Have you ever taken on a 1000-piece jigsaw puzzle only to discover a couple missing pieces at the end? It’s frustrating and feels like a great big waste of time.

Sometimes at the end of writing a novel or after receiving feedback from beta readers, it feels like the missing pieces of your story will be lost forever. A developmental edit points out what those missing pieces are and provides thorough suggestions and solutions that make it seem like those damn puzzle pieces were hiding under the box all along.

Perfect if:

  • you’re an author intending to self publish.
  • you’re an author intending to publish traditionally.
  • your manuscript is in need of improvement but you’re unsure how to fix it.

What stage should you be at?

  • You’ve completed your own extensive revisions on your manuscript.
  • You’ve already had at least a couple of pairs of eyes look over your work to give general feedback.
  • You’ve sent out your manuscript for beta reading and received feedback recommending lots of changes but you have no idea where to start.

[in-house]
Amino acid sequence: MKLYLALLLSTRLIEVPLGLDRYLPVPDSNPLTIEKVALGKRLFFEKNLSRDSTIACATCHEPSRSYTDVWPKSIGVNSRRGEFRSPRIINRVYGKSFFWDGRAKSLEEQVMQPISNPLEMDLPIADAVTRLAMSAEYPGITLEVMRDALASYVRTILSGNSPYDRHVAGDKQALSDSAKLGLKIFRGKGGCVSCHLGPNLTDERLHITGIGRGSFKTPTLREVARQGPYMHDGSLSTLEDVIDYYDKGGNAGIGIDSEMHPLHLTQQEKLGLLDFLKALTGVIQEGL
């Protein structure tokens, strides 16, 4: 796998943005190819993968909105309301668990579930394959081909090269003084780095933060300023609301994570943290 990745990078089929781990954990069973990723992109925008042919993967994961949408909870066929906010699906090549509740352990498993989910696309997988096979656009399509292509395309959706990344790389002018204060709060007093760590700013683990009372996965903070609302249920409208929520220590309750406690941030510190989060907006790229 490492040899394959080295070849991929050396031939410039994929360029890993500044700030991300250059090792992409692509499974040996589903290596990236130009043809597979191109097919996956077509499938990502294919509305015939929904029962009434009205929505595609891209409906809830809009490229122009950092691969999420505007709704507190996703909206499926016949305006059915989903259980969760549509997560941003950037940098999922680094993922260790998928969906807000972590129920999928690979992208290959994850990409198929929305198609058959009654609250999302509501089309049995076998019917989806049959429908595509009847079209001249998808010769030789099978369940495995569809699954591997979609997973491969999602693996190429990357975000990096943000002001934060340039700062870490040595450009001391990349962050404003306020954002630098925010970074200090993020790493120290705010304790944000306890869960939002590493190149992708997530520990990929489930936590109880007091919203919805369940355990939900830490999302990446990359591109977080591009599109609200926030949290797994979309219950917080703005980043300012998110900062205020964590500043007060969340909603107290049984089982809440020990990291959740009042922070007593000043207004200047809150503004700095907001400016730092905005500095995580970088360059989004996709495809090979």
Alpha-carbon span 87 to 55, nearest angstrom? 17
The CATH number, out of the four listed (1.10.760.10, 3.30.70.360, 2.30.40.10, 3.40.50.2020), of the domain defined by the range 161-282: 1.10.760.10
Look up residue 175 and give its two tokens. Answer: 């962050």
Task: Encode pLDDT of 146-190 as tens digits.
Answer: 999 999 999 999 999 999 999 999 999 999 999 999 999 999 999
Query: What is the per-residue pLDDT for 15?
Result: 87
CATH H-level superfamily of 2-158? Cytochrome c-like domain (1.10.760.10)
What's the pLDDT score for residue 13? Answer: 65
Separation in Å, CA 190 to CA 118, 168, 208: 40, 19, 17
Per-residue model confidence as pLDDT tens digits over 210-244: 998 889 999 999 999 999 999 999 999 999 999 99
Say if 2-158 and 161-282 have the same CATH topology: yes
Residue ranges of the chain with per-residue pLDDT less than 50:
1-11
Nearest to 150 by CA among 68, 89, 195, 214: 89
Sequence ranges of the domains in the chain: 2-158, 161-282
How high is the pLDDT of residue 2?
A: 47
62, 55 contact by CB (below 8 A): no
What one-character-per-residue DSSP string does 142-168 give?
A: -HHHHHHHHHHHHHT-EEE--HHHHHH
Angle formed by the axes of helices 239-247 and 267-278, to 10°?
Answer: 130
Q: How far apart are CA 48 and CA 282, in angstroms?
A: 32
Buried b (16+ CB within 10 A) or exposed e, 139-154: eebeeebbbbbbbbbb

You don’t need to tick all of the above but at the very least the first should be completed so you get the most out of the copyediting experience.

What does developmental editing involve?

  • A developmental edit looks at the manuscript as a whole and is a report of 8+ pages as well as notes and comments left throughout the manuscript.
  • Issues addressed can be in regards to character development, pacing, plot, structure, tone and point of view, and will depend on the needs of your manuscript.
  • This is probably the most complicated round of editing as it can result in lots of rewriting on the author’s part, but it does mean you’ll end up with a tighter story.